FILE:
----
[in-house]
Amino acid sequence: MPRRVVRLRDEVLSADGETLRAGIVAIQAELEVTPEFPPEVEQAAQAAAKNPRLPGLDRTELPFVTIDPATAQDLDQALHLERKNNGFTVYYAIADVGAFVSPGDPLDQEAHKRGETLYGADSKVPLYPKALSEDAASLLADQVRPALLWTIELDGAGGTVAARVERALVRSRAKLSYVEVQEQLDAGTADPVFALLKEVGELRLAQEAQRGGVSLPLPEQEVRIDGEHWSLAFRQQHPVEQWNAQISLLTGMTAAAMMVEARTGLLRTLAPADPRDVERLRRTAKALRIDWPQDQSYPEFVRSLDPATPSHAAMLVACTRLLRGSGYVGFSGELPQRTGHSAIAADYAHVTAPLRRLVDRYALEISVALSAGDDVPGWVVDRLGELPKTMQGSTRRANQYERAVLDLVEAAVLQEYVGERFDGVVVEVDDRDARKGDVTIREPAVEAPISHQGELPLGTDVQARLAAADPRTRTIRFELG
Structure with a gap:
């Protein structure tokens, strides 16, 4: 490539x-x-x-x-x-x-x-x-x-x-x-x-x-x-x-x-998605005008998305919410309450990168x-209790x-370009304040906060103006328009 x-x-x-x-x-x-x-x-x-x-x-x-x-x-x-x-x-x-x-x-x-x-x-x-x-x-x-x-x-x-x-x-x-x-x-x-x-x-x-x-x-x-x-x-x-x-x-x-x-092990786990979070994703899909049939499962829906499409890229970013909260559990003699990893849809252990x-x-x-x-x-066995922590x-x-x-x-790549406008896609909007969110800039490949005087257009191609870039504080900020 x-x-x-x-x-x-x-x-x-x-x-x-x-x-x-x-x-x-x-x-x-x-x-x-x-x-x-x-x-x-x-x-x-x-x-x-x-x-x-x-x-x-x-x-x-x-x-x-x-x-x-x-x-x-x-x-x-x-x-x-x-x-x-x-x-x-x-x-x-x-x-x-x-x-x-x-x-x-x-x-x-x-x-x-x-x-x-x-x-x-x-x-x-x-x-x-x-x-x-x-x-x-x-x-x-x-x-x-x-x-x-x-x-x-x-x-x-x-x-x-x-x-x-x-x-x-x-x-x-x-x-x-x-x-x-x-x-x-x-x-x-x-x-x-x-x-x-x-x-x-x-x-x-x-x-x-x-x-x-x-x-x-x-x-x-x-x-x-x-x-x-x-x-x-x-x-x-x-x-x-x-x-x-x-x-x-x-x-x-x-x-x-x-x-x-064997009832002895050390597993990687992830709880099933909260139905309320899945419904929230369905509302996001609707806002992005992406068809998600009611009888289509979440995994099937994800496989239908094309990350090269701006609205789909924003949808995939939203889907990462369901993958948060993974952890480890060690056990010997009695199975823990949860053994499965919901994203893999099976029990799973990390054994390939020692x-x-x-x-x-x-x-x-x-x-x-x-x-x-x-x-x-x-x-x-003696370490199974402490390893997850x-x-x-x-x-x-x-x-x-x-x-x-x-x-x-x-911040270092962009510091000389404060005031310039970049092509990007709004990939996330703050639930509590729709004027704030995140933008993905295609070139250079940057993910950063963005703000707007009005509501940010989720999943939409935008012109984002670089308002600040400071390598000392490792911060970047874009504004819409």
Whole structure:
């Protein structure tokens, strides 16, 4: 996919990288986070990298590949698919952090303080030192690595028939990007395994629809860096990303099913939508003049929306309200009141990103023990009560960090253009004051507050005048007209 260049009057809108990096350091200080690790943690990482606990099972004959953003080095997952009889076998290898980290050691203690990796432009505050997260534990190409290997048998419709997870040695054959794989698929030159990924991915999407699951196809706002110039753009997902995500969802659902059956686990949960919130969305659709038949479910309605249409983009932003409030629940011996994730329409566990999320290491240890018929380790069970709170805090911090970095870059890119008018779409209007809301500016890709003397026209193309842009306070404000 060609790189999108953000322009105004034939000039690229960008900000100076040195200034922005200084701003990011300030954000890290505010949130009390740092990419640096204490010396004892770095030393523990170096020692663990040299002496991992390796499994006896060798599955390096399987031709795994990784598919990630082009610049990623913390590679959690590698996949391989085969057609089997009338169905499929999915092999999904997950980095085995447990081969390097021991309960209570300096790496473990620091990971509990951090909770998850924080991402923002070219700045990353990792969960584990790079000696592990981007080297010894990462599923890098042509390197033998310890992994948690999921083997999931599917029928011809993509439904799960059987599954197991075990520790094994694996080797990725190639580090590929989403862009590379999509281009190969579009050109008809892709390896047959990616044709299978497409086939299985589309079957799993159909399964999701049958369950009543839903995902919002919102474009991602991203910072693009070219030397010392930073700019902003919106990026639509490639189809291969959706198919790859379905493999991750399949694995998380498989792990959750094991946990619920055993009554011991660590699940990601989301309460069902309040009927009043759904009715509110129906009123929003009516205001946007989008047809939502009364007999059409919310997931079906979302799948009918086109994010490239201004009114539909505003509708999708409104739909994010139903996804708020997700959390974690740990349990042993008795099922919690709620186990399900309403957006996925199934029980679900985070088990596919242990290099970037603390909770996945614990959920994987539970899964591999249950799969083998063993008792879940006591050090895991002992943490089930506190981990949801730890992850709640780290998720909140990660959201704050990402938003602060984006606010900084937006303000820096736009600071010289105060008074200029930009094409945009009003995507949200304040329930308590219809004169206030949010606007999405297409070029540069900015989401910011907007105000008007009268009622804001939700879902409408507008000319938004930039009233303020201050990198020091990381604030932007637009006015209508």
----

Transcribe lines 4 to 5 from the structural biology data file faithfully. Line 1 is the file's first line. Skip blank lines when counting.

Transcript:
């Protein structure tokens, strides 16, 4: 490539x-x-x-x-x-x-x-x-x-x-x-x-x-x-x-x-998605005008998305919410309450990168x-209790x-370009304040906060103006328009 x-x-x-x-x-x-x-x-x-x-x-x-x-x-x-x-x-x-x-x-x-x-x-x-x-x-x-x-x-x-x-x-x-x-x-x-x-x-x-x-x-x-x-x-x-x-x-x-x-092990786990979070994703899909049939499962829906499409890229970013909260559990003699990893849809252990x-x-x-x-x-066995922590x-x-x-x-790549406008896609909007969110800039490949005087257009191609870039504080900020 x-x-x-x-x-x-x-x-x-x-x-x-x-x-x-x-x-x-x-x-x-x-x-x-x-x-x-x-x-x-x-x-x-x-x-x-x-x-x-x-x-x-x-x-x-x-x-x-x-x-x-x-x-x-x-x-x-x-x-x-x-x-x-x-x-x-x-x-x-x-x-x-x-x-x-x-x-x-x-x-x-x-x-x-x-x-x-x-x-x-x-x-x-x-x-x-x-x-x-x-x-x-x-x-x-x-x-x-x-x-x-x-x-x-x-x-x-x-x-x-x-x-x-x-x-x-x-x-x-x-x-x-x-x-x-x-x-x-x-x-x-x-x-x-x-x-x-x-x-x-x-x-x-x-x-x-x-x-x-x-x-x-x-x-x-x-x-x-x-x-x-x-x-x-x-x-x-x-x-x-x-x-x-x-x-x-x-x-x-x-x-x-x-x-x-064997009832002895050390597993990687992830709880099933909260139905309320899945419904929230369905509302996001609707806002992005992406068809998600009611009888289509979440995994099937994800496989239908094309990350090269701006609205789909924003949808995939939203889907990462369901993958948060993974952890480890060690056990010997009695199975823990949860053994499965919901994203893999099976029990799973990390054994390939020692x-x-x-x-x-x-x-x-x-x-x-x-x-x-x-x-x-x-x-x-003696370490199974402490390893997850x-x-x-x-x-x-x-x-x-x-x-x-x-x-x-x-911040270092962009510091000389404060005031310039970049092509990007709004990939996330703050639930509590729709004027704030995140933008993905295609070139250079940057993910950063963005703000707007009005509501940010989720999943939409935008012109984002670089308002600040400071390598000392490792911060970047874009504004819409």
Whole structure: